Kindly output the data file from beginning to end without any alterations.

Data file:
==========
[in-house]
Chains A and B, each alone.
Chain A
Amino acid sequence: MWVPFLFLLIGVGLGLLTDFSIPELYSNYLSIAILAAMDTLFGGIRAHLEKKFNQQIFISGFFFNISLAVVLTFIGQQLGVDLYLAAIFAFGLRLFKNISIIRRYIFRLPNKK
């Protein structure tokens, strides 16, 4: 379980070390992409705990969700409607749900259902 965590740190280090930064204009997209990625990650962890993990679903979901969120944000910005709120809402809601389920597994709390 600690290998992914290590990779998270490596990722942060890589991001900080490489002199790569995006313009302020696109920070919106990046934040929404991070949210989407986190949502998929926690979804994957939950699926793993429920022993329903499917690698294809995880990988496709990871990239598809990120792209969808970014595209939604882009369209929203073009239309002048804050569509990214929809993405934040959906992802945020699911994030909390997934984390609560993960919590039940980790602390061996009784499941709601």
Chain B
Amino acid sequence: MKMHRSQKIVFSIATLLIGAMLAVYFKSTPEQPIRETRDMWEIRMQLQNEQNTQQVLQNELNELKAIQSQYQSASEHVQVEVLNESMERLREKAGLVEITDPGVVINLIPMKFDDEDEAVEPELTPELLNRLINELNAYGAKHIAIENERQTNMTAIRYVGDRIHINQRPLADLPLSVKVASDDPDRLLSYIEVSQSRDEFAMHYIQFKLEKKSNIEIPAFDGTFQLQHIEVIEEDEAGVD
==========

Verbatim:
[in-house]
Chains A and B, each alone.
Chain A
Amino acid sequence: MWVPFLFLLIGVGLGLLTDFSIPELYSNYLSIAILAAMDTLFGGIRAHLEKKFNQQIFISGFFFNISLAVVLTFIGQQLGVDLYLAAIFAFGLRLFKNISIIRRYIFRLPNKK
């Protein structure tokens, strides 16, 4: 379980070390992409705990969700409607749900259902 965590740190280090930064204009997209990625990650962890993990679903979901969120944000910005709120809402809601389920597994709390 600690290998992914290590990779998270490596990722942060890589991001900080490489002199790569995006313009302020696109920070919106990046934040929404991070949210989407986190949502998929926690979804994957939950699926793993429920022993329903499917690698294809995880990988496709990871990239598809990120792209969808970014595209939604882009369209929203073009239309002048804050569509990214929809993405934040959906992802945020699911994030909390997934984390609560993960919590039940980790602390061996009784499941709601």
Chain B
Amino acid sequence: MKMHRSQKIVFSIATLLIGAMLAVYFKSTPEQPIRETRDMWEIRMQLQNEQNTQQVLQNELNELKAIQSQYQSASEHVQVEVLNESMERLREKAGLVEITDPGVVINLIPMKFDDEDEAVEPELTPELLNRLINELNAYGAKHIAIENERQTNMTAIRYVGDRIHINQRPLADLPLSVKVASDDPDRLLSYIEVSQSRDEFAMHYIQFKLEKKSNIEIPAFDGTFQLQHIEVIEEDEAGVD